18th April 2021
The next instalment of our campaign blog series comes from Dr Kerri McPherson, a Health Psychologist and Head of Psychology at Glasgow Caledonian University. She explains why we must take immediate action to ensure our mental health system is accessible to all, and develop and support a workforce to deliver on this.
The COVID-19 pandemic has reignited conversations about mental health and the importance of looking after our wellbeing. We have been reminded to take time away from our desks, to get out into the fresh air for exercise, to keep in touch with friend and family, and to engage in self-care. And, yes, we absolutely should do all of these things. However, what these messages do is place the responsibility firmly in the hands of the individual; they mask critically important responsibilities. People cannot look after their own mental health if, for example, support services are inaccessible, if conversations about mental health are laden with stigma and judgement, and if requests for help are ignored.
SAMH’s manifesto and election campaign Standing Up for Scotland’s Mental Health is key in highlighting how we redress the balance here. We are reminded in SAMH’s manifesto that the promotion of positive mental health and support for mental ill-health requires a mental health system that is accessible to everyone.
I lead on research that investigates the barriers and facilitators to young people’s engagement with mental health services, and young people and their parents tell us that mental health is really important to them, and as important as their physical health. They want to stay mentally well, they want to have good conversations about mental health, and they want access to support early on, in environments where they feel safe and respected. But the experience of many young people is that mental health support is only available to people in crisis.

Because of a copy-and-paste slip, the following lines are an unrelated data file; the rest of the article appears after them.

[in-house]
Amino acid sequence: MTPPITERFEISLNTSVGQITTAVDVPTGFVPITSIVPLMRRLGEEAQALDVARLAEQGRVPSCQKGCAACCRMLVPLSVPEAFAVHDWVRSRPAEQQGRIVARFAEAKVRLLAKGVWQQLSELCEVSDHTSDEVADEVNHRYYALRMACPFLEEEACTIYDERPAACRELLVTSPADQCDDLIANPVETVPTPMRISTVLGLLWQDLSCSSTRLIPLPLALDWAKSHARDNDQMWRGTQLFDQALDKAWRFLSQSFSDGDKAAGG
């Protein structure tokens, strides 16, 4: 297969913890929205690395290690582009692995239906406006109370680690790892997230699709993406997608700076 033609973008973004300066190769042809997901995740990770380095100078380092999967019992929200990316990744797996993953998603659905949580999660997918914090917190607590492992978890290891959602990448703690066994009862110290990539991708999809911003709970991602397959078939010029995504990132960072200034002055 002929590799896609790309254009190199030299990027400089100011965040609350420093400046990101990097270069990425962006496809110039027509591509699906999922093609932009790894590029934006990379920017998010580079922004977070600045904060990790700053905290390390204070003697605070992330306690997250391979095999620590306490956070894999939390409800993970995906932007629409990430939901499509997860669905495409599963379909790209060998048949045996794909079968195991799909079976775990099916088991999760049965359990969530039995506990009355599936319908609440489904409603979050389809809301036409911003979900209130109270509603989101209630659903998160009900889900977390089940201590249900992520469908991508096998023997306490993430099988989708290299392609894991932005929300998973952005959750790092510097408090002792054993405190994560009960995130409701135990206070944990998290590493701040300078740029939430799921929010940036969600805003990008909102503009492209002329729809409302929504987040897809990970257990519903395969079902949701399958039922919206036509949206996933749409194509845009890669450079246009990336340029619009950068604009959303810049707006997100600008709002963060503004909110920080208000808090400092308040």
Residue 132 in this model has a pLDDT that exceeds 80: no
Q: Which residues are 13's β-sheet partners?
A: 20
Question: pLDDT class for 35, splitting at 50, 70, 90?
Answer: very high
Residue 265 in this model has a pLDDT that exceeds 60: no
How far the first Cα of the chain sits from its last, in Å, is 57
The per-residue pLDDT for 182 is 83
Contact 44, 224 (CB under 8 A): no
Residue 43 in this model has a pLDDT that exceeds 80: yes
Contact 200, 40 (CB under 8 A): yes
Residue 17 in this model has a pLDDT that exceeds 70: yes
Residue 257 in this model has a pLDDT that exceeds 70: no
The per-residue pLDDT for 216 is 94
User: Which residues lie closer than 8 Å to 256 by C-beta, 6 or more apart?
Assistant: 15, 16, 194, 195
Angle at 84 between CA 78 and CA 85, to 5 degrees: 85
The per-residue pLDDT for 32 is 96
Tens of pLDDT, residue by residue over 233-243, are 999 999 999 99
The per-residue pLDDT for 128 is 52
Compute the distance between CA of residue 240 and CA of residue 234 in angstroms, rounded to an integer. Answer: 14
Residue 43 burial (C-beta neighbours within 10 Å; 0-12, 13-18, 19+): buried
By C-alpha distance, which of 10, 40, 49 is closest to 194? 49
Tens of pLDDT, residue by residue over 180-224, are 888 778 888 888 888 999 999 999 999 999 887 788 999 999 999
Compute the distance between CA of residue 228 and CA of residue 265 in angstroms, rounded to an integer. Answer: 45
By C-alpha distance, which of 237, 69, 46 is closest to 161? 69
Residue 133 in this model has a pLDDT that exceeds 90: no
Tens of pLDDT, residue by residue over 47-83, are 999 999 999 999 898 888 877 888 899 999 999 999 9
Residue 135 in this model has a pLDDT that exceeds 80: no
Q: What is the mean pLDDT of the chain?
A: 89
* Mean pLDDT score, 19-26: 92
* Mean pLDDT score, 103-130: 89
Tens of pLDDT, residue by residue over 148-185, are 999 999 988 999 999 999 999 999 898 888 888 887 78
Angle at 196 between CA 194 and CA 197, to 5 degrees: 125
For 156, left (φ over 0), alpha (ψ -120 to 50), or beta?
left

Moving forward, having a mental health system that is accessible to everyone should be more than an aspiration for Scotland, it should be a high priority. We need to see mental health support embedded in our communities, in our workplaces, and in our daily conversations.
SAMH is right to highlight that we cannot, we will not, meet the mental health needs of the Scottish population if we just keep doing what we have always done. We need to reimagine the support we provide and the ways we provide it. However, increasing the availability and accessibility of mental health support replies on us having a full capacity mental health workforce and, at the moment, we don’t.
At Glasgow Caledonian University we train psychologists to provide mental health and wellbeing support and our trainees and graduates are already working in local communities to promote positive mental health and wellbeing. This is a workforce for the future, a workforce that could deliver a reimagined mental health support system that promotes positive wellbeing, intervenes early to prevent mental ill-health, and provides critical care to those in need.
I’m glad we’re talking about this, but I want to see the conversation turned to real action for Scotland’s mental health this year, next year and into the future.
To learn more about Standing Up for Scotland’s Mental Health, and how you can join our campaign visit: samh.org.uk/standup